Perchlorate and the Post-Organic Era
Perchlorate is an environmental pollutant primarily associated with releases by defense contractors, military operations and aerospace programs, as it is a key ingredient in rocket fuel. It is now found in virtually all humans tested, and it is continually making its way up the food chain through ground and drinking water, into feed and edible plants, animals products, milk and breast milk - contaminating conventional and organically grown food, alike.
It is now distributed widely throughout North America, as depicted by the image below:
The Colorado River is so thoroughly contaminated with perchlorate (1.5-8 micrograms per Liter) that 90% of the lettuce consumed during the winter months in the United States produced in the Lower Colorado River region contains this powerful endocrine disruptor.
What does it do? Perchlorate has been used as a "medicine" in this country to "treat" hyperthyroidism since the 1950's despite the fact some patients may develop aplastic anemia (bone marrow destruction) as a result. Perchlorate interferes with iodide uptake at the sodium-iodide symporter in the thyroid gland which unfortunately has a 30-fold higher affinity for perchlorate than iodide. Without adequate iodide hypothyroidism ensues. Could this pollutant have anything to do with the geometric expansion of hypothyroidism diagnoses in this country?
If it were not for the perfect fit between pharmaceutical medicine, e.g. Synthroid (synthetic levothyroxine sodium) and pollution-caused hypothyroidism, this question might get some traction in the medical community and we could start solving the underlying problem: a medical system whose financial health depends on the continued expansion of disease within the population it serves.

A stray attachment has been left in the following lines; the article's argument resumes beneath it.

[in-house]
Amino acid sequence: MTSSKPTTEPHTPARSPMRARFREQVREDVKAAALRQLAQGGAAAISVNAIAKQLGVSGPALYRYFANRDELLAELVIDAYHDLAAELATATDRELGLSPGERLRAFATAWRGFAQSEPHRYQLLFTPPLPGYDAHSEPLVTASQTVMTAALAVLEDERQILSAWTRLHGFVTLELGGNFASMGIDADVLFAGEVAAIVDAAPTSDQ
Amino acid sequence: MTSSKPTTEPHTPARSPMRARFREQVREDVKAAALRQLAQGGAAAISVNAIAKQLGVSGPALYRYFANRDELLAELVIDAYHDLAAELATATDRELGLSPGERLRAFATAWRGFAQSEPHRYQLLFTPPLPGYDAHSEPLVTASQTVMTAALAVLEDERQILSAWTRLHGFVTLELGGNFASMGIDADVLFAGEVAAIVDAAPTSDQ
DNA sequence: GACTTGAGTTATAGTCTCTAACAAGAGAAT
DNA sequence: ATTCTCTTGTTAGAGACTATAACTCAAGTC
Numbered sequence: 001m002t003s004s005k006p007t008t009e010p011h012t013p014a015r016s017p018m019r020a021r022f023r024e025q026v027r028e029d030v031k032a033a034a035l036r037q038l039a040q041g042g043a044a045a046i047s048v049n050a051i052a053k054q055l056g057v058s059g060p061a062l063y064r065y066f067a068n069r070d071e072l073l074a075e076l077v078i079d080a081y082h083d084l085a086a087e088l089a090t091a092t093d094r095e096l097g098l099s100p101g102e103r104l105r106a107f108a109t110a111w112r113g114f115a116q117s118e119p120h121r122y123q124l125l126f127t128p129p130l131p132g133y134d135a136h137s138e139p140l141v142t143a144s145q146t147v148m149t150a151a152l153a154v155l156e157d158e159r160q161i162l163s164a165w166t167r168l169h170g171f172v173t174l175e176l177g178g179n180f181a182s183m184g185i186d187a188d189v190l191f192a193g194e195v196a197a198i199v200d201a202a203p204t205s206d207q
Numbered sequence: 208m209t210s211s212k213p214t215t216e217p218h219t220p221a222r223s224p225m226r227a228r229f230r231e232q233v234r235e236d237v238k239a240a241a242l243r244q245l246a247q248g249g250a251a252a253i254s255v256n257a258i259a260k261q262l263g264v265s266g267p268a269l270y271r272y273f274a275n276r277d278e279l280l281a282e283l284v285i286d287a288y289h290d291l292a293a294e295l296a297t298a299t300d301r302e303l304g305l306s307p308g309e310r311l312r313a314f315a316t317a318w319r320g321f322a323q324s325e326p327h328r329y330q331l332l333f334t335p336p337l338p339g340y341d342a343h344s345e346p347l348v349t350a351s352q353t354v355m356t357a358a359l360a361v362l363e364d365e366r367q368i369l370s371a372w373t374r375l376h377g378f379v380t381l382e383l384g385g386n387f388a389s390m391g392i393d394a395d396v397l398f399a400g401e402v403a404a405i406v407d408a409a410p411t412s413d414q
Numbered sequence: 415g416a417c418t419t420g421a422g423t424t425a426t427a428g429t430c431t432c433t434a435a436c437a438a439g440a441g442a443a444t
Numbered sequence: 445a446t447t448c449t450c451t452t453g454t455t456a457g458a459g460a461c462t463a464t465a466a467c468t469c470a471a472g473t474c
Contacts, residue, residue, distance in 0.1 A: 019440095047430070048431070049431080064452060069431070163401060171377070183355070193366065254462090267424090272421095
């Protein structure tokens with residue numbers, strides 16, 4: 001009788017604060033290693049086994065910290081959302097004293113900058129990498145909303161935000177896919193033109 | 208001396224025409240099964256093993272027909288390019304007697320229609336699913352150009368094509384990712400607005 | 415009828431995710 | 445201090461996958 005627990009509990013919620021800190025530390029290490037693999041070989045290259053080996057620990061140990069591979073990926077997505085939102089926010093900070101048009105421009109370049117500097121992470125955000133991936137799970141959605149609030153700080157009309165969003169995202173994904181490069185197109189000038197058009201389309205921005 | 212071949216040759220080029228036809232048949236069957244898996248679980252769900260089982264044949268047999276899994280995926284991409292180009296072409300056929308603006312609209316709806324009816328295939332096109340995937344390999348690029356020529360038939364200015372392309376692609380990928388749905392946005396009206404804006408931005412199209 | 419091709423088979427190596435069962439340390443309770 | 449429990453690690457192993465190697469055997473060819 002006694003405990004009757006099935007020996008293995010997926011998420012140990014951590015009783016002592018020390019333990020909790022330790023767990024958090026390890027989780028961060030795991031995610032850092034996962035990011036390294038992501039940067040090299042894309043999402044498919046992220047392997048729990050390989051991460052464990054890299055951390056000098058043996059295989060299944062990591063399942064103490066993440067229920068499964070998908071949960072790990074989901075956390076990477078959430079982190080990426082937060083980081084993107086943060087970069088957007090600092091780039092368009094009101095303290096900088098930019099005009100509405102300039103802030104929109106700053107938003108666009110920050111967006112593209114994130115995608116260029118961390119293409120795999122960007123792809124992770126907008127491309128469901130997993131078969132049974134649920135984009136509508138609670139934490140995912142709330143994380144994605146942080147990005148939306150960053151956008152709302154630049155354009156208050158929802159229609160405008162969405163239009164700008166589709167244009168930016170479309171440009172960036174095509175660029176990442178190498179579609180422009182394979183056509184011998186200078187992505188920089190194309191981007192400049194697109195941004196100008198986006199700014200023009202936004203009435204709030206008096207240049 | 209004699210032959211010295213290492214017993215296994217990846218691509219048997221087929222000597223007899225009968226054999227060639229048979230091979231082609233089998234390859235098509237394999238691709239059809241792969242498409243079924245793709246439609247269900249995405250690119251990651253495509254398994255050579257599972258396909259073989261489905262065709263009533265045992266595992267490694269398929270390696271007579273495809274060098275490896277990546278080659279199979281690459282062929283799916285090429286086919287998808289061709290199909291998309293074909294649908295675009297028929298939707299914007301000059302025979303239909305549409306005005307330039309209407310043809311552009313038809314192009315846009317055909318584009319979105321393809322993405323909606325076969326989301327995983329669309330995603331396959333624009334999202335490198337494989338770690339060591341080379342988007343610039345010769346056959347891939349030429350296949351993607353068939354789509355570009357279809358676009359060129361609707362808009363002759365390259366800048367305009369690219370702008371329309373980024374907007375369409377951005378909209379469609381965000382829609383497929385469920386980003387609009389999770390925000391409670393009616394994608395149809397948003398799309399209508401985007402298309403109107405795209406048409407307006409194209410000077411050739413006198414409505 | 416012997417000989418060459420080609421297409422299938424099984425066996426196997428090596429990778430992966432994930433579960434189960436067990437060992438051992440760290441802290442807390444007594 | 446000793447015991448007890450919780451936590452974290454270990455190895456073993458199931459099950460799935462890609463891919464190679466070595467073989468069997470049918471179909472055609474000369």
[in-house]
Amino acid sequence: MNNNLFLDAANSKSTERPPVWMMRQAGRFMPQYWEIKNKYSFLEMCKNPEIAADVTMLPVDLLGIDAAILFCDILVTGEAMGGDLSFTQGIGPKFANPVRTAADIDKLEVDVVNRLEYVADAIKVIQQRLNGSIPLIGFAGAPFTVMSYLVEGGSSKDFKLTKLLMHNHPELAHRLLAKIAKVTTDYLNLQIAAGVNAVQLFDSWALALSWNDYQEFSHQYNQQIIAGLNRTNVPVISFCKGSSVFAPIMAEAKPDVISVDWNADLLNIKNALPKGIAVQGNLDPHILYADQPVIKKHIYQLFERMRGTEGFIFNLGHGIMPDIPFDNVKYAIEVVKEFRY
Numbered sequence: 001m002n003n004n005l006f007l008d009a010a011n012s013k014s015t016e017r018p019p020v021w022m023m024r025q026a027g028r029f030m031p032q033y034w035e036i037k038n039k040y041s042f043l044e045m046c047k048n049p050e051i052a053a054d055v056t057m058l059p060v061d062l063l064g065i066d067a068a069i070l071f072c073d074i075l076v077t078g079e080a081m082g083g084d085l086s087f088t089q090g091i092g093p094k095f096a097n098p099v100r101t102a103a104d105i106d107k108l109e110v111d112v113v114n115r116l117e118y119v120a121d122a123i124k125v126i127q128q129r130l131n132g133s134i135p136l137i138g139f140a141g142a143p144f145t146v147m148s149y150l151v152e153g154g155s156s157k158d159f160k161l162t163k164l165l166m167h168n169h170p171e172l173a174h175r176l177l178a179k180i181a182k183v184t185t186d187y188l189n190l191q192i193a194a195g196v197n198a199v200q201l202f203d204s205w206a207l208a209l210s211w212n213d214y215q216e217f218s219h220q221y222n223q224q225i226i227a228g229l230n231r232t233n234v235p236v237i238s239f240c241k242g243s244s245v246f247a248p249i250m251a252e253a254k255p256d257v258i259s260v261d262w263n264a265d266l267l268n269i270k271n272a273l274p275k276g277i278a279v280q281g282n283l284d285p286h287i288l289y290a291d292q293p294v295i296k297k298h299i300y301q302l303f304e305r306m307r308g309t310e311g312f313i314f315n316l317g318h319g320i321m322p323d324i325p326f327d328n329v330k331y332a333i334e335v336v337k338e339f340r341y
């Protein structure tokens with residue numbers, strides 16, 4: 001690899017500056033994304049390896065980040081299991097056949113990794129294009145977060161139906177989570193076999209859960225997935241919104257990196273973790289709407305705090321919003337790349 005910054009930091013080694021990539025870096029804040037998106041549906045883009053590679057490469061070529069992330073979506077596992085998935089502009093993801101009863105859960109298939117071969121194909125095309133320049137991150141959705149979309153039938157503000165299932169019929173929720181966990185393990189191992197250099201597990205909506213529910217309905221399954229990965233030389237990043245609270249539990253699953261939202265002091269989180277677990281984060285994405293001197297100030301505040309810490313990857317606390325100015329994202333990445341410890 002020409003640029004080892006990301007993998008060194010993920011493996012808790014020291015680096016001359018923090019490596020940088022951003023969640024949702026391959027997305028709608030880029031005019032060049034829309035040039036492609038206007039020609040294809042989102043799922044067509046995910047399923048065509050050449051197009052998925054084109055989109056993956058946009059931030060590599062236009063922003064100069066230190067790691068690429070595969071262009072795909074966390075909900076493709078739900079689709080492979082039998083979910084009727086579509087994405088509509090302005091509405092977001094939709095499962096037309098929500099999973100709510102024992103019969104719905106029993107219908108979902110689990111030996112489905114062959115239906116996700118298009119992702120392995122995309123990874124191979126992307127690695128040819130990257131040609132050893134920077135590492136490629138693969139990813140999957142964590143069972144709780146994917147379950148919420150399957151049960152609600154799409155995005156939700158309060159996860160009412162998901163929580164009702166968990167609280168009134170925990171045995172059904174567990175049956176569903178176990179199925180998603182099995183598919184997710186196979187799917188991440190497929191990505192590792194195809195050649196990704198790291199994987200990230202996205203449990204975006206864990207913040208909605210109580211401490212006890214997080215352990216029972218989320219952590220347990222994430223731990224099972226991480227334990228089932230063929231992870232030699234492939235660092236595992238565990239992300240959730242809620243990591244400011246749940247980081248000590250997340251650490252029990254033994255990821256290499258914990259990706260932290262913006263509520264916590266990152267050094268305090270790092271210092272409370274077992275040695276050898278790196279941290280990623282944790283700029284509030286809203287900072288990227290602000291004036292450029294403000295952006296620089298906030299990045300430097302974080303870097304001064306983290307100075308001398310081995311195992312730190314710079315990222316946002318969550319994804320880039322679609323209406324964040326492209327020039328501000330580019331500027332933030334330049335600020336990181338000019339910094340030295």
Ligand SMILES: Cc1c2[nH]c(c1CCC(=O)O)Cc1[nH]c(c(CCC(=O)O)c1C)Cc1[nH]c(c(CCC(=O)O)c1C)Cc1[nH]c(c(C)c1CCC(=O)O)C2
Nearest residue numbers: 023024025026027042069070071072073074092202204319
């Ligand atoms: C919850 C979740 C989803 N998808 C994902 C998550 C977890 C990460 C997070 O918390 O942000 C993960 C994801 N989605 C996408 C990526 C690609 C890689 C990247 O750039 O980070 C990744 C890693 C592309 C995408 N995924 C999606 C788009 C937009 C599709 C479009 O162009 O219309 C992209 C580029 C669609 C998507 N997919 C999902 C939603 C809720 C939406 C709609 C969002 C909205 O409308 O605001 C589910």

Has Perchlorate Destroyed the Very Meaning of Organic?
In 2005 the Journal of Environmental Science and Technology published a study on perchlorate levels in North America. They found:
Conventionally and organically produced lettuce and other leafy vegetable samples were collected from production fields and farmers' markets in the central and coastal valleys of California, New Mexico, Colorado, Michigan, Ohio, New York, Quebec, and New Jersey. Results show that 16% of the conventionally produced samples and 32% of the organically produced samples had quantifiable levels of perchlorate using ion chromatography. Estimated perchlorate exposure from organically produced leafy vegetables was approximately 2 times that of conventional produce..."
The time has come for those of us who buy organic food to transcend the inherently self-centered and anthropocentric limitations associated with these food quality concerns. We can no longer fool ourselves into thinking that we can save ourselves by eating organically without doing something about the planet dying under the weight of the conventional and dominant food production and distribution system. When we pollute the environment we pollute ourselves. The very flesh of the earth (our mother) and our flesh are woven from the same molecular fabric.
The exact same problem with thinking that consuming organic protects you from planetary destruction has emerged with the increasingly destabilized/destabilizing nuclear energy paradigm. Radioisotope contamination of the environment is now a global problem, and low-energy internalized radioisotopes are several orders of magnitude more harmful to our health than previously assumed. The global distribution of uranium-238 through hydrological and meteorological cycles, for instance, does not discriminate between "organic" and "conventional" food - it bioaccumulates and damages those who consume it equally.
We are not saying that organic isn't important, as we have no other way to protect ourselves from what is increasingly becoming a highly toxic food production system. However, in order to stay grounded in reality, we must realize its limitations and work on changing the underlying dysfunctional planet-harming systems that are cutting across the "organic" and "conventional" lines with equally destructive force.
Additional Relevant Research